All but 13 US states have parental involvement laws for abortion for those under 18.
On 1 July 2020, a harmful new abortion restriction went into effect in the state of Florida. Florida law had required a parent to be notified if a young person under 18 years of age was trying to get an abortion. Since 1 July, the state requires those under 18 to get consent from a parent or legal guardian before having an abortion.
Most young people under 18 voluntarily involve a parent or another trusted adult in their abortion decision, even if the law does not require it. But for those who don’t – often because they fear abuse, deterioration of family relationships, being kicked out of the home, or being forced to continue the pregnancy – laws like this pose a major barrier to care.
A protest was held at the state capitol on 22 January 2020, when the bill was tabled. Florida reproductive justice advocates have opposed the new requirement, arguing that lawmakers should trust young people to make decisions that are best for their health and lives.
In a statement published in the journal Pediatrics in February 2017, the American Academy of Pediatrics Committee on Adolescence reaffirmed the organisation’s position that the rights of adolescents to confidential care when considering abortion should be protected.
It opens: “Adolescents should be encouraged to involve their parents and other trusted adults in decisions regarding pregnancy termination, and most do so voluntarily. The majority of states require that minors have parental consent for an abortion. However, legislation mandating parental involvement does not achieve the intended benefit of promoting family communication, and it increases the risk of harm to the adolescent by delaying access to appropriate medical care. This statement presents a summary of pertinent current information related to the benefits and risks of legislation requiring mandatory parental involvement in an adolescent’s decision to obtain an abortion.”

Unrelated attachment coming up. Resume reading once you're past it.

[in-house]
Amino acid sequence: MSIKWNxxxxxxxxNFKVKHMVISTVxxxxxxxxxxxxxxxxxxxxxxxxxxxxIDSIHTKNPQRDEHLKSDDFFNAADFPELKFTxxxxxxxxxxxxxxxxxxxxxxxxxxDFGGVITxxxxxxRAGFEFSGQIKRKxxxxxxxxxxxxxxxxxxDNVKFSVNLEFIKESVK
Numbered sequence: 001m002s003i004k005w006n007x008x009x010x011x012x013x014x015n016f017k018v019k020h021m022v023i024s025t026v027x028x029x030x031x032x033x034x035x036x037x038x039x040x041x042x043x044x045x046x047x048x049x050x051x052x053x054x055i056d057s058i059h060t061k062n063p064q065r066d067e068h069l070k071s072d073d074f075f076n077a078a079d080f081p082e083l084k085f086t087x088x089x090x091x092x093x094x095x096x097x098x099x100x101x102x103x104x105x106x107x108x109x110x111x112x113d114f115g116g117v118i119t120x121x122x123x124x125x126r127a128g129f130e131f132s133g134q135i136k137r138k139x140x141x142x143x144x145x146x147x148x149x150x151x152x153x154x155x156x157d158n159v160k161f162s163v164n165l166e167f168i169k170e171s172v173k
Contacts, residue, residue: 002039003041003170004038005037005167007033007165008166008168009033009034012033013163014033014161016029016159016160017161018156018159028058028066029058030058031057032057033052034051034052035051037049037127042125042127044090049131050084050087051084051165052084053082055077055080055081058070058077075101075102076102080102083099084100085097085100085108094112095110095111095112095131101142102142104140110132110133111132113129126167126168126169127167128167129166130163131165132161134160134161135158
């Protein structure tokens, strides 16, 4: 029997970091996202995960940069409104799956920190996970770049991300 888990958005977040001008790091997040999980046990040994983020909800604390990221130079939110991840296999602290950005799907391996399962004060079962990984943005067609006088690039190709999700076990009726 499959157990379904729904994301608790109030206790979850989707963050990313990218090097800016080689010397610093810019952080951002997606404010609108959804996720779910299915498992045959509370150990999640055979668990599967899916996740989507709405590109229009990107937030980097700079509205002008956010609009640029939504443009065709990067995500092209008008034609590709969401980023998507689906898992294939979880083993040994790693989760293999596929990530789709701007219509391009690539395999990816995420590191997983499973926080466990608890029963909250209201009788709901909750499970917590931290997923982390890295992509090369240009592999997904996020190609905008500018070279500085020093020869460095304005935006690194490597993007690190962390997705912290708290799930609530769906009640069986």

Young people still have options without involving a parent. Florida’s law allows them to choose judicial bypass, in which they show a judge they are mature enough to make an abortion decision without their parents and/or that involving their parents is not in their best interests. They will have a court-appointed attorney and won’t have to pay any legal fees. But how long will this process delay their abortion?
PowerU hosted a tweetstorm on 1 July to ensure young people knew what this law means for them. They said: #MyVoiceMyChoice Is our declaration that we aren’t just magically people when we turn 18. We are people now and we want our access to abortion!
SOURCES: Pediatrics, February 2017;139(2):e20163861 ; Human Rights Watch, by Margaret Wurth, 1 July 2020 + PHOTO: Opponents of Florida’s “parental consent” bill gather for a press conference at the Capitol in Tallahasee, January 22, 2020 ©2020 AP Photo/Aileen Perilla ; if when how on judicial bypass in all states, as at 7 July 2020 ; Floridians for Reproductive Freedom, Judicial bypass in Florida, 7 July 2020